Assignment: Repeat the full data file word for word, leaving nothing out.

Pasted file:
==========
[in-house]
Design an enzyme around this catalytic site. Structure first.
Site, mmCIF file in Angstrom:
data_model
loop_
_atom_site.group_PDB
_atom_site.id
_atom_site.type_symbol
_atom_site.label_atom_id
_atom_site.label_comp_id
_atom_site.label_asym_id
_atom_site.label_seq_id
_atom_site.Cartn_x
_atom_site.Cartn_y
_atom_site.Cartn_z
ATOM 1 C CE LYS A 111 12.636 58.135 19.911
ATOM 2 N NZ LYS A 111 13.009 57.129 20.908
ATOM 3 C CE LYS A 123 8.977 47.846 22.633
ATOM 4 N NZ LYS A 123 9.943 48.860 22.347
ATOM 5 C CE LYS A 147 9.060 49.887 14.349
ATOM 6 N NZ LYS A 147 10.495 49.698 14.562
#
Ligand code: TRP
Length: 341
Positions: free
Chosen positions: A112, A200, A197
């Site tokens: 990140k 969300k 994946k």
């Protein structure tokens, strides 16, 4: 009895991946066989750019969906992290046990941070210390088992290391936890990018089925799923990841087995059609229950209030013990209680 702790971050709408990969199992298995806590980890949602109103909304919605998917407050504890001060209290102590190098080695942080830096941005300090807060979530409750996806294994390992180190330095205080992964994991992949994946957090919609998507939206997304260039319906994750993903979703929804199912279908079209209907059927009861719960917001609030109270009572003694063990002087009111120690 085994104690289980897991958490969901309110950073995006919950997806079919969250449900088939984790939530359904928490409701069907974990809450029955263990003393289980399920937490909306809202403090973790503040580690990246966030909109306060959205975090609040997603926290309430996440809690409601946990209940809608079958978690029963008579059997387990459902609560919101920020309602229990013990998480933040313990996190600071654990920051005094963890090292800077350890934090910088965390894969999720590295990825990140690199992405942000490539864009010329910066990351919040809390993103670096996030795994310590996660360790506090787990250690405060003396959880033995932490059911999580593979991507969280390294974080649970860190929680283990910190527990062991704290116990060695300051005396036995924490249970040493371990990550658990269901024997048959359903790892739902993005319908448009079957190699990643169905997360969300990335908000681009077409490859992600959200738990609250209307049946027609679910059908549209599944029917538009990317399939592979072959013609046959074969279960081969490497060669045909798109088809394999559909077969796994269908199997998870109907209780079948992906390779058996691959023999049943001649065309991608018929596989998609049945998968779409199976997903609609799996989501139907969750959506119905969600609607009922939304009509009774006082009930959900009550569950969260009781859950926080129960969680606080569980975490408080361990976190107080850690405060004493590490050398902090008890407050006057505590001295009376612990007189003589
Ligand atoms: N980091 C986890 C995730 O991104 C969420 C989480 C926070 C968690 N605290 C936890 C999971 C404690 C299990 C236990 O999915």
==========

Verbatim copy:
[in-house]
Design an enzyme around this catalytic site. Structure first.
Site, mmCIF file in Angstrom:
data_model
loop_
_atom_site.group_PDB
_atom_site.id
_atom_site.type_symbol
_atom_site.label_atom_id
_atom_site.label_comp_id
_atom_site.label_asym_id
_atom_site.label_seq_id
_atom_site.Cartn_x
_atom_site.Cartn_y
_atom_site.Cartn_z
ATOM 1 C CE LYS A 111 12.636 58.135 19.911
ATOM 2 N NZ LYS A 111 13.009 57.129 20.908
ATOM 3 C CE LYS A 123 8.977 47.846 22.633
ATOM 4 N NZ LYS A 123 9.943 48.860 22.347
ATOM 5 C CE LYS A 147 9.060 49.887 14.349
ATOM 6 N NZ LYS A 147 10.495 49.698 14.562
#
Ligand code: TRP
Length: 341
Positions: free
Chosen positions: A112, A200, A197
């Site tokens: 990140k 969300k 994946k």
């Protein structure tokens, strides 16, 4: 009895991946066989750019969906992290046990941070210390088992290391936890990018089925799923990841087995059609229950209030013990209680 702790971050709408990969199992298995806590980890949602109103909304919605998917407050504890001060209290102590190098080695942080830096941005300090807060979530409750996806294994390992180190330095205080992964994991992949994946957090919609998507939206997304260039319906994750993903979703929804199912279908079209209907059927009861719960917001609030109270009572003694063990002087009111120690 085994104690289980897991958490969901309110950073995006919950997806079919969250449900088939984790939530359904928490409701069907974990809450029955263990003393289980399920937490909306809202403090973790503040580690990246966030909109306060959205975090609040997603926290309430996440809690409601946990209940809608079958978690029963008579059997387990459902609560919101920020309602229990013990998480933040313990996190600071654990920051005094963890090292800077350890934090910088965390894969999720590295990825990140690199992405942000490539864009010329910066990351919040809390993103670096996030795994310590996660360790506090787990250690405060003396959880033995932490059911999580593979991507969280390294974080649970860190929680283990910190527990062991704290116990060695300051005396036995924490249970040493371990990550658990269901024997048959359903790892739902993005319908448009079957190699990643169905997360969300990335908000681009077409490859992600959200738990609250209307049946027609679910059908549209599944029917538009990317399939592979072959013609046959074969279960081969490497060669045909798109088809394999559909077969796994269908199997998870109907209780079948992906390779058996691959023999049943001649065309991608018929596989998609049945998968779409199976997903609609799996989501139907969750959506119905969600609607009922939304009509009774006082009930959900009550569950969260009781859950926080129960969680606080569980975490408080361990976190107080850690405060004493590490050398902090008890407050006057505590001295009376612990007189003589
Ligand atoms: N980091 C986890 C995730 O991104 C969420 C989480 C926070 C968690 N605290 C936890 C999971 C404690 C299990 C236990 O999915």